The Great Plains and Canadian Prairies region is an extremely large region that stretches from the Mississippi River to the Rocky Mountains and from Texas two thousand miles north through Canada. The region is mostly a flat and treeless grassland, and is temperate with warm summers and cold winters. One of the animals found in the plains is the bison, which is considered a sacred animal and very important to the peoples of the plains and greatly influenced the development of the rich culture and customs.
Create a storyboard illustrating the culture and environment of the Great Plains cultural region!
FIRST NATIONS OF THE PLAINS
The Great Plains and Canadian Prairies region is an extremely large region that stretches from the Mississippi River to the Rocky Mountains from Texas through Canada.
The Plains region has cold winters and hot summers. It is mostly a flat and treeless grassland with grazing herds of animals.
Animals such as pronghorn antelope, deer, bear, wolves, and bison provided meat for food, hides for clothing and homes, and bones for beads. Grasses and wild plants were also gathered such as the prairie turnip and chokecherry.
The First Nations of the Great Plains and Canadian Prairies include Comanche, Pawnee, Omaha, the Sioux: Dakota, Lakota, and Nakota (Assiniboine), Cheyenne, Siksika, Ojibwe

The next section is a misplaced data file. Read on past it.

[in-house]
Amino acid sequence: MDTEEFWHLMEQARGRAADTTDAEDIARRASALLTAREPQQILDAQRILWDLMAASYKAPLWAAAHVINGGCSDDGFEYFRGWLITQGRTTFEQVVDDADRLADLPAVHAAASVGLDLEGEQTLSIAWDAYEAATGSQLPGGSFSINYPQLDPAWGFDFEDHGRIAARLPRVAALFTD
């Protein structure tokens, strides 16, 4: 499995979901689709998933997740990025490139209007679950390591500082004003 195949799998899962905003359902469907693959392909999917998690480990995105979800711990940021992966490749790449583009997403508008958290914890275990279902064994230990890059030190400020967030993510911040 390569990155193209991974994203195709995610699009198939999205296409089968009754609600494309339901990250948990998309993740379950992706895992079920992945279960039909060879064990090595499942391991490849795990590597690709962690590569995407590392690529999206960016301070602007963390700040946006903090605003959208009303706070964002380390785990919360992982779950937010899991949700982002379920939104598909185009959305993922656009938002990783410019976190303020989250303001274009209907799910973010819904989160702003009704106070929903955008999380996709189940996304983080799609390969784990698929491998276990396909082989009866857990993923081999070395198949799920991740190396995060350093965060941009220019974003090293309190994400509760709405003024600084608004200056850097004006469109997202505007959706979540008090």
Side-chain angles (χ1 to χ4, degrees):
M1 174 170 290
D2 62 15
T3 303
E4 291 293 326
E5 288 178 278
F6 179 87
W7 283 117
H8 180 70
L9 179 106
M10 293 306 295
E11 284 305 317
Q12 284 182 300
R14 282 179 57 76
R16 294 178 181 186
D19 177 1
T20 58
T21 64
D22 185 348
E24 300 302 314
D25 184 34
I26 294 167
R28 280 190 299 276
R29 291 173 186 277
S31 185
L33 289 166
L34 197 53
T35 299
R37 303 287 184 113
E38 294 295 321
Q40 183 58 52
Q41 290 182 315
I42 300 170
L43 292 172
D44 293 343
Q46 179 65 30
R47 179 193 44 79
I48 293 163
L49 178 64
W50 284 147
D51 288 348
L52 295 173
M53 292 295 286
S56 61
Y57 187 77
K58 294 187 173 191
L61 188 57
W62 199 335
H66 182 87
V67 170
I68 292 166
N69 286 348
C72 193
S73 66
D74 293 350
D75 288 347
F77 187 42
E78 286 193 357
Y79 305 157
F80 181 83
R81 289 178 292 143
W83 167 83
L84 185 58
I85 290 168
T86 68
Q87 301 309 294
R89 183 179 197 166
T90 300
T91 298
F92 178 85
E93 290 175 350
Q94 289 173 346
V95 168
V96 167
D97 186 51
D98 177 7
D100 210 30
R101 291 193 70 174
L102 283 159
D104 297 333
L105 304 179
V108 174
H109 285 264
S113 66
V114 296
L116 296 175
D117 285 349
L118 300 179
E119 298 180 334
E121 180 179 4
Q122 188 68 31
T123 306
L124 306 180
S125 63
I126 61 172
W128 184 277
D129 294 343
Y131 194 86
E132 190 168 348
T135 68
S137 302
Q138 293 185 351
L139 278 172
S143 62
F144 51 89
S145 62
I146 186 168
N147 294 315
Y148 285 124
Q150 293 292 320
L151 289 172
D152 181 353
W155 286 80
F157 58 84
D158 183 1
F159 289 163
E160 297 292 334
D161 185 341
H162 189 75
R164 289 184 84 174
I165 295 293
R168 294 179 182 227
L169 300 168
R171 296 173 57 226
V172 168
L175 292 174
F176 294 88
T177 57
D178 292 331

NATIVE AMERICANS OF THE PLAINS
CLOTHING AND OTHER ARTIFACTS
Tipis were constructed of long poles laid in a tall cone and covered with animal hides. They could be very large but were easy to transport for traveling. The outside was decorated with painted scenes of daily life.
Powwow: important religious ceremony featuring dances that honor and give thanks to the CreatorWinter Count: a calendar made by painting pictographs on bison hide.
Bison hides made blankets, clothing, shoes, belts, bags, quivers, dolls, and shields. Shields were painted with symbols meant to protect the bearer from harm and were decorated with fur and feathers.